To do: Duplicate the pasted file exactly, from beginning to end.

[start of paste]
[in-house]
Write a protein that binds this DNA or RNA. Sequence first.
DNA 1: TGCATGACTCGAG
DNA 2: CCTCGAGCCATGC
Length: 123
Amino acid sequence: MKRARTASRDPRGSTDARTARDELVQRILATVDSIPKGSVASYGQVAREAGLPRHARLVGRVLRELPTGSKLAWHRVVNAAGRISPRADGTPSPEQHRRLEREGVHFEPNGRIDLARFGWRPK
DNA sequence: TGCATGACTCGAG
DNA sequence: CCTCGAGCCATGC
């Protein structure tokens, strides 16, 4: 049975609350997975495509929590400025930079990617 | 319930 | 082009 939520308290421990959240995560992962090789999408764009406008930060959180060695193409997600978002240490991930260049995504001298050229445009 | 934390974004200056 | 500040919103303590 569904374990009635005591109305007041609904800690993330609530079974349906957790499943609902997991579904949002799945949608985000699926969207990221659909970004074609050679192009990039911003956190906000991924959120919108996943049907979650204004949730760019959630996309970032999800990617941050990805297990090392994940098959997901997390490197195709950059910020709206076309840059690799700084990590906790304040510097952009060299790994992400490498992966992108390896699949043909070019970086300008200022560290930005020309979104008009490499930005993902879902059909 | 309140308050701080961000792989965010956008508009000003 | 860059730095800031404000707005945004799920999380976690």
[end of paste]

[in-house]
Write a protein that binds this DNA or RNA. Sequence first.
DNA 1: TGCATGACTCGAG
DNA 2: CCTCGAGCCATGC
Length: 123
Amino acid sequence: MKRARTASRDPRGSTDARTARDELVQRILATVDSIPKGSVASYGQVAREAGLPRHARLVGRVLRELPTGSKLAWHRVVNAAGRISPRADGTPSPEQHRRLEREGVHFEPNGRIDLARFGWRPK
DNA sequence: TGCATGACTCGAG
DNA sequence: CCTCGAGCCATGC
């Protein structure tokens, strides 16, 4: 049975609350997975495509929590400025930079990617 | 319930 | 082009 939520308290421990959240995560992962090789999408764009406008930060959180060695193409997600978002240490991930260049995504001298050229445009 | 934390974004200056 | 500040919103303590 569904374990009635005591109305007041609904800690993330609530079974349906957790499943609902997991579904949002799945949608985000699926969207990221659909970004074609050679192009990039911003956190906000991924959120919108996943049907979650204004949730760019959630996309970032999800990617941050990805297990090392994940098959997901997390490197195709950059910020709206076309840059690799700084990590906790304040510097952009060299790994992400490498992966992108390896699949043909070019970086300008200022560290930005020309979104008009490499930005993902879902059909 | 309140308050701080961000792989965010956008508009000003 | 860059730095800031404000707005945004799920999380976690």